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Carole Evans and James O Jenkins / Portrait Salon: Fifth Anniversary

Carole Evans and James O Jenkins / Portrait Salon: Fifth Anniversary

 

Portrait Salon is 5. 

In 2011, two photographers were curious. What were the images that didn’t get into the Taylor Wessing Prize, run by the National Portrait Gallery, like? To find out, we set up a hotmail account, a twitter handle, and printed some cheap flyers… in a few weeks we had around 600 images and Portrait Salon was born. From that moment on, we decided not to show everything, but invited judges to make a selection. In the last four years, we have shown work by over 200 photographers, worked with ten judges, exhibited in eleven venues across the UK, and published four newspapers. But every year we were asked the same questions; “Why don’t you show all the rejected images you receive?” “We submit prints to Taylor Wessing, why don’t you show those?” 

So this year, to mark our fifth birthday, we’re showing one print from each photographer who sent work to us. 368 photographs, all submitted to the Taylor Wessing prize, and all rejected. All displayed at Embassy Tea Gallery in London for a few days in November, before touring to The Reminders Photography Stronghold in Tokyo, Japan in February 2016.

This year, the National Portrait Gallery received submissions from 2,201 photographers, so we are representing almost 20% of entrants. It is an eclectic mix, ranging from the formal studio portrait to the family snapshot. This year’s Salon will not be to everyone’s taste, but the point of showing work by everyone this year is to exhibit the breadth of work that is submitted to the National Portrait Gallery each year.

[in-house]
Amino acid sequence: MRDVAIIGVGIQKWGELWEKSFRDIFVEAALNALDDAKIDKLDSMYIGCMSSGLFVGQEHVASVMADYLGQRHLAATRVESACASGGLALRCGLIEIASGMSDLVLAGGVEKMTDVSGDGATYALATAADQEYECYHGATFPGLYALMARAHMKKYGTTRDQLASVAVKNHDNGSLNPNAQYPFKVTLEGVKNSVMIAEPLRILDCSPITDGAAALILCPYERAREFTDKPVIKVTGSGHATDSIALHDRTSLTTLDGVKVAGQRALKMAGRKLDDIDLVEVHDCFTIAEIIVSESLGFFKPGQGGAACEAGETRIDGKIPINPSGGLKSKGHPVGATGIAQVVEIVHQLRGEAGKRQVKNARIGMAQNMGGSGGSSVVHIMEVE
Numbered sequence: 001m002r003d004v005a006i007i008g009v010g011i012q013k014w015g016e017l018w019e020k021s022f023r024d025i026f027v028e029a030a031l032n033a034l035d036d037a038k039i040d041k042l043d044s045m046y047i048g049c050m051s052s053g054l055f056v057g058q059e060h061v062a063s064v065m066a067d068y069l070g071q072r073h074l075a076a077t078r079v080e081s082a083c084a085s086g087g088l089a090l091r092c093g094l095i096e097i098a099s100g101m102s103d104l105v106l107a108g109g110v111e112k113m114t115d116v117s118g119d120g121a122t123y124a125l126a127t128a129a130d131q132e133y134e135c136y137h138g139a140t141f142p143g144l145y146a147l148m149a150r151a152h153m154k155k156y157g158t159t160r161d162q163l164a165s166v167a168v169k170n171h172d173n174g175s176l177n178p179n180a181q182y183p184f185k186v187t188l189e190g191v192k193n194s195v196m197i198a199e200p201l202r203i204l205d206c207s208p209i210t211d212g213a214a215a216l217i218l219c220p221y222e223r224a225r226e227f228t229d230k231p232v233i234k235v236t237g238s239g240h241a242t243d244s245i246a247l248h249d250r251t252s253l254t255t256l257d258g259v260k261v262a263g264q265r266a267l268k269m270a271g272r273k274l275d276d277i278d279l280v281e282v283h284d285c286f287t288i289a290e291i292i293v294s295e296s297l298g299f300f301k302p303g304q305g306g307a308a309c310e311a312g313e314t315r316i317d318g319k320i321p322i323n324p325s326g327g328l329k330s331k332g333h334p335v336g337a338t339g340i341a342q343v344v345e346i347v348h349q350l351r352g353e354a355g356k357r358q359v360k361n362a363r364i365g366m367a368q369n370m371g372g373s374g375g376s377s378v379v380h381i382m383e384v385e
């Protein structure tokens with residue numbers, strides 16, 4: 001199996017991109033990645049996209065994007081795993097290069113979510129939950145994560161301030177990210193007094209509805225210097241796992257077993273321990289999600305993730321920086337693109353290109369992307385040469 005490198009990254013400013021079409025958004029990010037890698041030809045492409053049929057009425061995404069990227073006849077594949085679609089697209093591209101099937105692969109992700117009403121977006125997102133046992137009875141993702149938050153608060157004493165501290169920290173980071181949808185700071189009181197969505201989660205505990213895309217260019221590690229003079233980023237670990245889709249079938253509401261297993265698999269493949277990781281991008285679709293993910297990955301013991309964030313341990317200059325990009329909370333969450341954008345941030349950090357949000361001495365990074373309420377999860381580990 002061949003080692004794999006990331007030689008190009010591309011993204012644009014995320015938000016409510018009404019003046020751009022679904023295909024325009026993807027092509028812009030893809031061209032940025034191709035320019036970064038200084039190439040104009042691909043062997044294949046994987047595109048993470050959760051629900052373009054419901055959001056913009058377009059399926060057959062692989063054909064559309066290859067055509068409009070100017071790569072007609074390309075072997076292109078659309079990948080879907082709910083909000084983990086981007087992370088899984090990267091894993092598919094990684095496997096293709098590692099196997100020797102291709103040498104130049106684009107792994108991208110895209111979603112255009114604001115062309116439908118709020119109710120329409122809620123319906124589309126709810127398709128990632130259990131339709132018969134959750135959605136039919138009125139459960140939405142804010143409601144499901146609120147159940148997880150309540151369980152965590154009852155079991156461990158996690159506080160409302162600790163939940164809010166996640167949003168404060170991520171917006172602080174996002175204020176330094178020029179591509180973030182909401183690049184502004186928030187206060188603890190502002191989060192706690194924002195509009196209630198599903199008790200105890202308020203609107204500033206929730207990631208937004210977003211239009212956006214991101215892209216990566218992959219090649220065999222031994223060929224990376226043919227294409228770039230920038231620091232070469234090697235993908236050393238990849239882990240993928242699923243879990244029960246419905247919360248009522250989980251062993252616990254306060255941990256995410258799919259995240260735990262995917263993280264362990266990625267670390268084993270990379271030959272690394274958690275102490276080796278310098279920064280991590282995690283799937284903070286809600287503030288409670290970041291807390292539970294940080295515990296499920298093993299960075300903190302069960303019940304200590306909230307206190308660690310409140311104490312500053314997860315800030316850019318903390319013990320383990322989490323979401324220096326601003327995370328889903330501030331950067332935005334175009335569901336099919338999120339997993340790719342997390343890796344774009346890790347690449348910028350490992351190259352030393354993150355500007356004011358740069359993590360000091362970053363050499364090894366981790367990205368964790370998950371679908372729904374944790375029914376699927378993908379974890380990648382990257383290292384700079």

The definition of a portrait is broad, something which is reflected in the Taylor Wessing prize and noted by Phillip Prodger, Head of Photographs at the NPG. He has been kind enough to give us an interview, in which he explains the judging process, his thoughts on photographic portraiture, and the place of the Taylor Wessing Prize in the current photographic climate.

We have changed the format of the publication, too. Not a newspaper, as in previous years… but a DIY sticker book. It would have been impossible to put 368 images into any sort of publication, so we’re giving you a chance to create your own catalogue. Fill the allotted spaces with your favourite portraits, swap with others, do what you want. In addition to this, judges we’ve worked with in the past tell us their favourite images from previous years, as do our kind sponsors.

Portrait Salon would not exist without the very kind support of our sponsors, many of whom have been with us since the first funded Salon in 2012. They’ve been an integral part of Portrait Salon, providing so much more than financial support. We owe much of our success to them, and we hope that you will enjoy reading about what they do too.

Portrait Salon 2015 is a celebration. It’s a thank you to our sponsors, collaborators and supporters. But mainly, it’s a thank you to the photographers. Thank you for continuing to have pride in your work. Thank you for submitting to the Taylor Wessing Prize. Thank you for submitting to Portrait Salon.

And Happy Birthday to us.

  – Carole Evans and James O Jenkins

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Portrait Salon 2015  exhibited at Embassy Tea Gallery, London, in November 2015 with 570 attendees voting for ‘people’s choice’ portraits; 1st place was Alan Powdrill, 2nd place Julia Fullerton-Batten, 3rd place was Phil Sharp and 4th place Matt McPake.

Portrait Salon will travel to The Reminders Photography Stronghold Gallery in Tokyo with Yumi Goto from 13th to 28th February 2016. The opening will be from 4pm on 13th February and is open to all, and please visit the Facebook event page for the exhibition here.

www.portraitsalon.co.uk